Even if you do snap at them later (after all, most kids don’t exactly have a sense of urgency), you will feel better about how you have communicated with your children. And as they grow older, they will better understand you, and they will be more...
When you find yourself trying to resolve a conflict that seems to be spinning out of control, stop and ask the other person this question ...
"What do you need so that this relationship feels good?"
You know what it feels like to be in a conflict that is heading south, or spinning out of control.
It turns into a he said/she said. One person says, “You did this,” and the other person says, “Oh, well you do this.”
You can feel it when it happens.
To stop this downward cycle, ask this simple question: “What do you need so that this relationship feels good?”
It’s likely that the other person will respond with something like, “I need for you to stop being a jerk,” or some other insulting statement that blames you.
Instead of retaliating, take a breath, and clarify by speaking about your needs with non-blaming “I-statements."
Say something like,
“I need security in my life. I need to feel stable. Sometimes when you spend...
We recently received some pushback about an article in which we advised parents to set boundaries around the way they let their children talk to them and behave toward them. We appreciate the feedback and the opportunity to clarify our advice …
In this article, we gave parents advice for addressing children who are rolling their eyes or generally being rude and snarky. We suggested that parents can say something like ...
“I don’t know if you realize this, but you have been rolling your eyes at me a lot. It doesn’t make me feel good, and you should know that it makes me want to stop spending time with you. What exactly do you need from me that would make our relationship work better for you?”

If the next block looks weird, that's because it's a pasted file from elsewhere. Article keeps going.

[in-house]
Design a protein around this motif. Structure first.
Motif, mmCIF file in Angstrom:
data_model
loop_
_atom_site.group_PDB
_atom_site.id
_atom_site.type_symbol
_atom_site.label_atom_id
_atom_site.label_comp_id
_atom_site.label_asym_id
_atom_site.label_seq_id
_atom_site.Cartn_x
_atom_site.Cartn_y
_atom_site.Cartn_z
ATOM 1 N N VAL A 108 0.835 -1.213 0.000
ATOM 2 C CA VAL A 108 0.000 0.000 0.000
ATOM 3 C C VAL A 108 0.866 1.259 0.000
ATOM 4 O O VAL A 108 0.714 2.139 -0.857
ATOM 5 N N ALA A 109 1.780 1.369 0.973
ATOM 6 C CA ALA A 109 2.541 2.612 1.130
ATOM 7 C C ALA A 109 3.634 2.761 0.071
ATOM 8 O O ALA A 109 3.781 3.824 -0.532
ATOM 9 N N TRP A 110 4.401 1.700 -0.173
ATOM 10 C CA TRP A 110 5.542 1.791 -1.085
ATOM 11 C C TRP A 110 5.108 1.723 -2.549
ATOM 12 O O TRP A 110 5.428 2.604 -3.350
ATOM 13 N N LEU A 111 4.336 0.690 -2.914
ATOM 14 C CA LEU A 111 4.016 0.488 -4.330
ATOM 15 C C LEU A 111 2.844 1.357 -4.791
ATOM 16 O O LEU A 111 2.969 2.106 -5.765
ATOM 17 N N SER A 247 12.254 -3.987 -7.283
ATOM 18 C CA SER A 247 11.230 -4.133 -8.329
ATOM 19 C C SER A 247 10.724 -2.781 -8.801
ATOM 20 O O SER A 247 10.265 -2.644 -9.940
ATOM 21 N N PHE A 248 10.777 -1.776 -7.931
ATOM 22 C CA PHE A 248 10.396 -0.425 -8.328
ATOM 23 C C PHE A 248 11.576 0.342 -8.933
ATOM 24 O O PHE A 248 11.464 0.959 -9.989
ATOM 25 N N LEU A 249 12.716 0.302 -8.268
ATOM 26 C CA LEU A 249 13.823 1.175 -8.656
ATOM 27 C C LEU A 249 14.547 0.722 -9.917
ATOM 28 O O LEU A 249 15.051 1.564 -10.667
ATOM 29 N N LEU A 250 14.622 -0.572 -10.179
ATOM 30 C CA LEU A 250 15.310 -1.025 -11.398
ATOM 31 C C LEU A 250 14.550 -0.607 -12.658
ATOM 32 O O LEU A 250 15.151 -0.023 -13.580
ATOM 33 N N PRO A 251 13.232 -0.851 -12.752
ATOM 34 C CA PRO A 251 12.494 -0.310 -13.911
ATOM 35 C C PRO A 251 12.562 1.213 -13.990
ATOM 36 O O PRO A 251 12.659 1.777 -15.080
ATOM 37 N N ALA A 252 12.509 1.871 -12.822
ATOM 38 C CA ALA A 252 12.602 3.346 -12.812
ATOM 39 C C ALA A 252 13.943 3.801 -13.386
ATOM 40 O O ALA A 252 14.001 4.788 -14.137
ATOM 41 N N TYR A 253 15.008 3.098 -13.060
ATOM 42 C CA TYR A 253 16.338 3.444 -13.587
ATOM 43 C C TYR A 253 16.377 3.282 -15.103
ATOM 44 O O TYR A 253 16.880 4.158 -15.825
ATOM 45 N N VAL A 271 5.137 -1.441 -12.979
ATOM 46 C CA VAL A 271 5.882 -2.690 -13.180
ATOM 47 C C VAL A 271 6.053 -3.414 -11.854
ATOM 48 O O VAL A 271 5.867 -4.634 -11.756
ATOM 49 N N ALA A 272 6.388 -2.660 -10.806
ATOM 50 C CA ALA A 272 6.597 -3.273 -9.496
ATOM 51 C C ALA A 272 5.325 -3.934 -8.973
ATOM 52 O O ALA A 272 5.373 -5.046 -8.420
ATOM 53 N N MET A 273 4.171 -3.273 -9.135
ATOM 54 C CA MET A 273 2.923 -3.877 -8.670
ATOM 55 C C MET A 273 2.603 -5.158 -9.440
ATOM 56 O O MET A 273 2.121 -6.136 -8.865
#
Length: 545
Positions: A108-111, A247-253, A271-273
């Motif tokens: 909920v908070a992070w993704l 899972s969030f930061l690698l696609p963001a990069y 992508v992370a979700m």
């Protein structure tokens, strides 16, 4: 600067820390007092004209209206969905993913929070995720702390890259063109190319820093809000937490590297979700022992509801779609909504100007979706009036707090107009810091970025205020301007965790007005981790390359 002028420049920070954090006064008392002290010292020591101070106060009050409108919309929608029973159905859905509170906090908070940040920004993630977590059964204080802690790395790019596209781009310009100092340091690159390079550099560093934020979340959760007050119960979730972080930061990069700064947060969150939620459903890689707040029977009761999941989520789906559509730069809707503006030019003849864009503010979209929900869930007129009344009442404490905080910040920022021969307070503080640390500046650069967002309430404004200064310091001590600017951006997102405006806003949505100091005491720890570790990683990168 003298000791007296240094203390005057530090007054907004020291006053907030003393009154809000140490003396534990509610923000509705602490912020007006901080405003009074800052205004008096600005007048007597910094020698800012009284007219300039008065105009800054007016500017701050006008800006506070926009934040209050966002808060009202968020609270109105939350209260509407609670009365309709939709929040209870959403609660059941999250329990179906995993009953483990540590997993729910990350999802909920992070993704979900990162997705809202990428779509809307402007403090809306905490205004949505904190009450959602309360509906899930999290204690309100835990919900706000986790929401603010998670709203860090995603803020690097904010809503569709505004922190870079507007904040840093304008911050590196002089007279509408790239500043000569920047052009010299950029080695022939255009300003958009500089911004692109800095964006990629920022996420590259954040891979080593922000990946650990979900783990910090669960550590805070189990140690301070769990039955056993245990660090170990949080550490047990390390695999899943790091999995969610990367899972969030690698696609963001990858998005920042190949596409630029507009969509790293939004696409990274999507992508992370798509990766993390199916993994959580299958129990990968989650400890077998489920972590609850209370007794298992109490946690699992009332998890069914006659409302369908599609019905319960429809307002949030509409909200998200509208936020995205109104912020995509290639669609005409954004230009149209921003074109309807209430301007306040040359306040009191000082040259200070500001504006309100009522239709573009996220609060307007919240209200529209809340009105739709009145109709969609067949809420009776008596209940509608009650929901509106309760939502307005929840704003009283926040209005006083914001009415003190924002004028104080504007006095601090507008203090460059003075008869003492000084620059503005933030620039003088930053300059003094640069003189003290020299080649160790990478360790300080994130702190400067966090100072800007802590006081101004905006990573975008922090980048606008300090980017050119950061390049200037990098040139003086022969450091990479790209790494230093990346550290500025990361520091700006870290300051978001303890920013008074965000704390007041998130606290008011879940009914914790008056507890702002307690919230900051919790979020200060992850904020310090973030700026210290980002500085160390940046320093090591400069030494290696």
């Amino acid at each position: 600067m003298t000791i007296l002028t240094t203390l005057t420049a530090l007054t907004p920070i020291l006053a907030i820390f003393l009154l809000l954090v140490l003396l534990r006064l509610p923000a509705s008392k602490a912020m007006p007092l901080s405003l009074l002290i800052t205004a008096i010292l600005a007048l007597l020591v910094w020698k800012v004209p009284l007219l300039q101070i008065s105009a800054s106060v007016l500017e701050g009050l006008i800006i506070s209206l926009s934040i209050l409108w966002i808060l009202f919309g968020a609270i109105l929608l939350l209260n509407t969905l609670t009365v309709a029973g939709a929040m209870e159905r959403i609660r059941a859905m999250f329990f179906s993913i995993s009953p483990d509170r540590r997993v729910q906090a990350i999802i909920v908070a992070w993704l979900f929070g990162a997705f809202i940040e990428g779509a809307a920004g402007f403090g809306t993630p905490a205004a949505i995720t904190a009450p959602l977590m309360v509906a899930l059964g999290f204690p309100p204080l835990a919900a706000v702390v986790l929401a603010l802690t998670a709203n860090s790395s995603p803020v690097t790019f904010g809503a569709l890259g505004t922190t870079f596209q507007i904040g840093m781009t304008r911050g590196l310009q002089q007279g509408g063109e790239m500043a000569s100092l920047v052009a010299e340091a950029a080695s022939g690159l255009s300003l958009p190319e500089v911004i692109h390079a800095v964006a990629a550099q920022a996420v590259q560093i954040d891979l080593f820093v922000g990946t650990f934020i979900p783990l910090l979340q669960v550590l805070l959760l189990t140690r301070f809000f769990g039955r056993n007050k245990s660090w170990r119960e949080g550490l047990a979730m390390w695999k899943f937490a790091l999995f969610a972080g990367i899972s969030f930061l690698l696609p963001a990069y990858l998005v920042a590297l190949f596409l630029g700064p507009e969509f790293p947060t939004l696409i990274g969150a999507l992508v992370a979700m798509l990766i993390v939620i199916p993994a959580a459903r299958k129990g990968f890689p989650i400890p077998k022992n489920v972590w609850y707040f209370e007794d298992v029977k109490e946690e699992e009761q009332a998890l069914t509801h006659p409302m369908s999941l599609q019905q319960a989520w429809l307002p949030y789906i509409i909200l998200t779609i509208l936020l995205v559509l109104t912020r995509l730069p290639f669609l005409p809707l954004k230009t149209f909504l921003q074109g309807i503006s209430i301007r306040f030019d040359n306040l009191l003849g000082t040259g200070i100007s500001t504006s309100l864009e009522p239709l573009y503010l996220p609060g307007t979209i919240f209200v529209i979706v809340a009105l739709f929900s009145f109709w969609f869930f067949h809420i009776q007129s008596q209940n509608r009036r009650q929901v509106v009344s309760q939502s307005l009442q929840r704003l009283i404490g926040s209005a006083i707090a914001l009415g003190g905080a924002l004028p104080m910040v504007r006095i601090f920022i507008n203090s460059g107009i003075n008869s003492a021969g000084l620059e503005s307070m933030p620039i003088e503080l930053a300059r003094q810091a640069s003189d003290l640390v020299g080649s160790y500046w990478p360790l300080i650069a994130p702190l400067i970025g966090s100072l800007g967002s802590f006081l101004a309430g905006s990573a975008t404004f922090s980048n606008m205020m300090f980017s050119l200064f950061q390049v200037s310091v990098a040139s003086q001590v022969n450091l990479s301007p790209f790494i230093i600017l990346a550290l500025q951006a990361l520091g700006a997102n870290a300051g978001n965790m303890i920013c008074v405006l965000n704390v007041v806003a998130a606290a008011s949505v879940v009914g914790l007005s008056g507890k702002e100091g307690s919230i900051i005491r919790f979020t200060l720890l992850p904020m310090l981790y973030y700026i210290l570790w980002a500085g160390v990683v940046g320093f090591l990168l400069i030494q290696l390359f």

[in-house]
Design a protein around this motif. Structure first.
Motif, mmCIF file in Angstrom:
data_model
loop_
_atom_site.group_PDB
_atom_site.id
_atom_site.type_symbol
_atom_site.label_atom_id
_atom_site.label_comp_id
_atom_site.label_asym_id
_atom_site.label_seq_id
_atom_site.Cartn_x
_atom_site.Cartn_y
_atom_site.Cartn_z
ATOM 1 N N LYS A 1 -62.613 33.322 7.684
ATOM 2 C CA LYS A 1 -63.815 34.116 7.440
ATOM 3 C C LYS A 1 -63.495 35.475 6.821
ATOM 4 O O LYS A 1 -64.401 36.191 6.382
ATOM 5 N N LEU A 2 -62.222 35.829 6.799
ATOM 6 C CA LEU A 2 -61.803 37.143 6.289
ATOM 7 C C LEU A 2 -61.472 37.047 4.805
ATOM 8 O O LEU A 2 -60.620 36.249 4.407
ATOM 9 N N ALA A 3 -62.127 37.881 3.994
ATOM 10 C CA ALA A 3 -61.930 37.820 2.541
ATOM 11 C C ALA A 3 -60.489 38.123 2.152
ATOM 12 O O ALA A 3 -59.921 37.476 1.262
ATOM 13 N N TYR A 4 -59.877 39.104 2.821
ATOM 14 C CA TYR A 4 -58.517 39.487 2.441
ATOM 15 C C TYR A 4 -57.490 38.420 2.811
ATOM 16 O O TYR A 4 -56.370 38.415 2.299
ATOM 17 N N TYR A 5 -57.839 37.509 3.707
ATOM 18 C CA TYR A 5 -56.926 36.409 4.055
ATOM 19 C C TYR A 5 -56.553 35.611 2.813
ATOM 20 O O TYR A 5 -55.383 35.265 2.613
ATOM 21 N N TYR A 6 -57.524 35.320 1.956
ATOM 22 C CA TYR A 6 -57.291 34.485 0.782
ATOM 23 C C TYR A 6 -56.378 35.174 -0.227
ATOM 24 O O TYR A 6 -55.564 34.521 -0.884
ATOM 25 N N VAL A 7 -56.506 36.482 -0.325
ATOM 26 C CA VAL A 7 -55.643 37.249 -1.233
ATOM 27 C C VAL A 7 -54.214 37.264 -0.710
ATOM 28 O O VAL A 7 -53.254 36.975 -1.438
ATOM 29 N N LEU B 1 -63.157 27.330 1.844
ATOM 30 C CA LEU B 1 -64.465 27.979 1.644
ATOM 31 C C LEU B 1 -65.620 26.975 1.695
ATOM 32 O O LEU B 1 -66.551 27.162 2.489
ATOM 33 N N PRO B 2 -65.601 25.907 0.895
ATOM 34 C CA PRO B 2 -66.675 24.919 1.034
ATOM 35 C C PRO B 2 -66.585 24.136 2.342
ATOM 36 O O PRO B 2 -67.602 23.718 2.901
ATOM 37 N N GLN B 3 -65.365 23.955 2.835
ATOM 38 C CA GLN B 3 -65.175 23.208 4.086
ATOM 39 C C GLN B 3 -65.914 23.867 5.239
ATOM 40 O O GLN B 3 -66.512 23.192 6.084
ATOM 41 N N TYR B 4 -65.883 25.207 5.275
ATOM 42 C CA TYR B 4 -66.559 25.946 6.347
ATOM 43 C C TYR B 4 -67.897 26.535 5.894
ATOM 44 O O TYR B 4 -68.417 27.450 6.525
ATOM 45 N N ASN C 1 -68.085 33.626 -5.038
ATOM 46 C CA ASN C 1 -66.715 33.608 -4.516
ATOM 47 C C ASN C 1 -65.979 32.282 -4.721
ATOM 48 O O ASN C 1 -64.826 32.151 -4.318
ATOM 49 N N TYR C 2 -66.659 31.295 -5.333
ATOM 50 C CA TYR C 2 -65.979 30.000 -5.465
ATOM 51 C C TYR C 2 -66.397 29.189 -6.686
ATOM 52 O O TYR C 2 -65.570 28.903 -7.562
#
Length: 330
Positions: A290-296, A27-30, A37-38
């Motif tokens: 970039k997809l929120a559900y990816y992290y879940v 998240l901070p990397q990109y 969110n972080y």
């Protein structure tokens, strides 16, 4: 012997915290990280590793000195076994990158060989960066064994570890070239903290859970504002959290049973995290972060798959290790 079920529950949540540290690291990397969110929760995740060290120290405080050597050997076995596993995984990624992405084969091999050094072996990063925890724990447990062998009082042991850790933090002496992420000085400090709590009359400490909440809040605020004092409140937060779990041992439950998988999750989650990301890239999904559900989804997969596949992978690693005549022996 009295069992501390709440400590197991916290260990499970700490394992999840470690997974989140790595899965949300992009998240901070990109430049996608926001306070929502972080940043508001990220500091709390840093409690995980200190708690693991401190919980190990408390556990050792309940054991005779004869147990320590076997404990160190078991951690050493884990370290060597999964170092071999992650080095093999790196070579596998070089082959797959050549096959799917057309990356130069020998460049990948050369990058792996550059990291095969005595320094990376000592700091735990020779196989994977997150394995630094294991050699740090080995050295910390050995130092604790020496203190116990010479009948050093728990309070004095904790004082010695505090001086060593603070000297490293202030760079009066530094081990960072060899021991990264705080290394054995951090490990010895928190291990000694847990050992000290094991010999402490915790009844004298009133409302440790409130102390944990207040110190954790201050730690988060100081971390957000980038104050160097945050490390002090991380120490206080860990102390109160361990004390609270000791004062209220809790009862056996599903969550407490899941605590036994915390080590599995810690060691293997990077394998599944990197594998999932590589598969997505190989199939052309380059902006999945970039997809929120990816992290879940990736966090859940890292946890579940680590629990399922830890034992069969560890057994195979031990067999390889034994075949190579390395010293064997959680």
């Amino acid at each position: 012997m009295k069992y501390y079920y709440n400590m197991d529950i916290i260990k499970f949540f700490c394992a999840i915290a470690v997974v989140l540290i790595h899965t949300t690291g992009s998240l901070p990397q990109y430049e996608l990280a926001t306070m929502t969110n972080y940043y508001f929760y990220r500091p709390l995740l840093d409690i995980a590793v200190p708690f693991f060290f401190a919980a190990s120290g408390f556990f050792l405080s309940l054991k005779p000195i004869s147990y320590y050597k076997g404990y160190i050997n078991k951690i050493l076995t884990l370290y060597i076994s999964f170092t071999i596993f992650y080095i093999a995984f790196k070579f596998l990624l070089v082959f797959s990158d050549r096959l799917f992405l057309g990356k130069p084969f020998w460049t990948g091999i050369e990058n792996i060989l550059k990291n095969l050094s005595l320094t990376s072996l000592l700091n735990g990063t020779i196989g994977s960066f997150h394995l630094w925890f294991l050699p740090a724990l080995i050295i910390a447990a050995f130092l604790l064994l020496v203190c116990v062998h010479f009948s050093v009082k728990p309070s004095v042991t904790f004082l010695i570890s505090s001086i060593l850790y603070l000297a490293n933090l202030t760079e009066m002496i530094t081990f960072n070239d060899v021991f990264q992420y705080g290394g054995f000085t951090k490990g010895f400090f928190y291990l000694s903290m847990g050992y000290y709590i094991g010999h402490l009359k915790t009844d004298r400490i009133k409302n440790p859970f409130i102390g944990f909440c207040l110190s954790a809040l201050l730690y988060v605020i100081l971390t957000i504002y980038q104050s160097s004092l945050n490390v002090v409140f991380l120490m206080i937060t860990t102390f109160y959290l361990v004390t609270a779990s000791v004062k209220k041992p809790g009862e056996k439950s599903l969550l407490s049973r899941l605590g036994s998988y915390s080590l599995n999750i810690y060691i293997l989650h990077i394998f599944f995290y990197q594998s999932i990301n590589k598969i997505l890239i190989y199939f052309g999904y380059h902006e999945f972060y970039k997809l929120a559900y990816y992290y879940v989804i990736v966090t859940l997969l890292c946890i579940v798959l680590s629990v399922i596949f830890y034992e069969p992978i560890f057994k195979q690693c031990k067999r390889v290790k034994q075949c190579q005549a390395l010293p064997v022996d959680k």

Some readers worried that implementing our advice could make their children feel abandoned or cause them to become “people pleasers.”
Our response is this: We are inviting you to disengage from disrespectful behavior. We are not...
Plenty of people are surprised by how they come across to other people. Insecurity can come across as arrogance, shyness as aloofness, introversion as rudeness. We would all benefit from knowing the answers to a few questions about how we are received:
Your children should know how they come across to others, too, particularly as they become teenagers and then adults. When they think about how they are received by other people, they can decide whether they want to change...
Teaching your kids to be floaters can help them avoid friendship drama.
Being a floater means they can float among various social groups. They have friends from club soccer, from their current school, and from elementary school. They have a friend from summer camp, a couple friends in older or younger grades, and a few friends from their parents’ social groups.
Often, children latch onto one best friend. While this is normal (and even great), having only one friend can create problems down the road. What happens when your child and the friend have a falling out, when the friend moves to another state, or when the friend moves onto other interests and friendships?
When your children are floaters, the impact of friendships that drift-off is less devastating.
Floaters are also less upset when they are excluded from things. After all, they have other places to go, people to see, and things to do.
Being able to float in and out of social groups has the added...